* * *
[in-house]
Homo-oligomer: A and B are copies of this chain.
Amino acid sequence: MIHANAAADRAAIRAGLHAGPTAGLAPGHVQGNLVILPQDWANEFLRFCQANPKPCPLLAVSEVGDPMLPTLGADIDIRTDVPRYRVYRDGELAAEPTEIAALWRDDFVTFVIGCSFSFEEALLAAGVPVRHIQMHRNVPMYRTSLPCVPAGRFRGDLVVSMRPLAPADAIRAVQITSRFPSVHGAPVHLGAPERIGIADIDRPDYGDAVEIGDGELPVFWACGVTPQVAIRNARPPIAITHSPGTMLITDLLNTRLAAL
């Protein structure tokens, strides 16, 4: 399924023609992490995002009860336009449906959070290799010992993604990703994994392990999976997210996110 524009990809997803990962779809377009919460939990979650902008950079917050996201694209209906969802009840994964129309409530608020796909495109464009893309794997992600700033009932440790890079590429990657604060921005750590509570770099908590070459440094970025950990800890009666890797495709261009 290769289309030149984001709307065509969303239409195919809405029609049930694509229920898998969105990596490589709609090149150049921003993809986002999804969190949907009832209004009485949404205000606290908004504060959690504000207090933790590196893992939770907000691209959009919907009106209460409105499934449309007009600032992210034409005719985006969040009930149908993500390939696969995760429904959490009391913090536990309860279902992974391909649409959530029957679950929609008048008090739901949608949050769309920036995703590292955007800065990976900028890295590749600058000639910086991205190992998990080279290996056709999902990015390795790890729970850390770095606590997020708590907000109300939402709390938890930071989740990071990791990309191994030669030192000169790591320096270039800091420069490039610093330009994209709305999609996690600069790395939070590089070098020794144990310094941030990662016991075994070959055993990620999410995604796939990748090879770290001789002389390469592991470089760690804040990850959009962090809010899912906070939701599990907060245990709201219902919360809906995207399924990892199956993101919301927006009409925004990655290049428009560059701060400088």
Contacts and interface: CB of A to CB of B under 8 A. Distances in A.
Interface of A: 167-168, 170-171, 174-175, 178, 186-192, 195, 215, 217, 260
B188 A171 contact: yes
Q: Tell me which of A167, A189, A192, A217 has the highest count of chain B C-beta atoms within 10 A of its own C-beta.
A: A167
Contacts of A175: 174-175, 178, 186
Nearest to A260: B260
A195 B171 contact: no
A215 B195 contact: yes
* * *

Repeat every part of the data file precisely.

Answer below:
[in-house]
Homo-oligomer: A and B are copies of this chain.
Amino acid sequence: MIHANAAADRAAIRAGLHAGPTAGLAPGHVQGNLVILPQDWANEFLRFCQANPKPCPLLAVSEVGDPMLPTLGADIDIRTDVPRYRVYRDGELAAEPTEIAALWRDDFVTFVIGCSFSFEEALLAAGVPVRHIQMHRNVPMYRTSLPCVPAGRFRGDLVVSMRPLAPADAIRAVQITSRFPSVHGAPVHLGAPERIGIADIDRPDYGDAVEIGDGELPVFWACGVTPQVAIRNARPPIAITHSPGTMLITDLLNTRLAAL
């Protein structure tokens, strides 16, 4: 399924023609992490995002009860336009449906959070290799010992993604990703994994392990999976997210996110 524009990809997803990962779809377009919460939990979650902008950079917050996201694209209906969802009840994964129309409530608020796909495109464009893309794997992600700033009932440790890079590429990657604060921005750590509570770099908590070459440094970025950990800890009666890797495709261009 290769289309030149984001709307065509969303239409195919809405029609049930694509229920898998969105990596490589709609090149150049921003993809986002999804969190949907009832209004009485949404205000606290908004504060959690504000207090933790590196893992939770907000691209959009919907009106209460409105499934449309007009600032992210034409005719985006969040009930149908993500390939696969995760429904959490009391913090536990309860279902992974391909649409959530029957679950929609008048008090739901949608949050769309920036995703590292955007800065990976900028890295590749600058000639910086991205190992998990080279290996056709999902990015390795790890729970850390770095606590997020708590907000109300939402709390938890930071989740990071990791990309191994030669030192000169790591320096270039800091420069490039610093330009994209709305999609996690600069790395939070590089070098020794144990310094941030990662016991075994070959055993990620999410995604796939990748090879770290001789002389390469592991470089760690804040990850959009962090809010899912906070939701599990907060245990709201219902919360809906995207399924990892199956993101919301927006009409925004990655290049428009560059701060400088």
Contacts and interface: CB of A to CB of B under 8 A. Distances in A.
Interface of A: 167-168, 170-171, 174-175, 178, 186-192, 195, 215, 217, 260
B188 A171 contact: yes
Q: Tell me which of A167, A189, A192, A217 has the highest count of chain B C-beta atoms within 10 A of its own C-beta.
A: A167
Contacts of A175: 174-175, 178, 186
Nearest to A260: B260
A195 B171 contact: no
A215 B195 contact: yes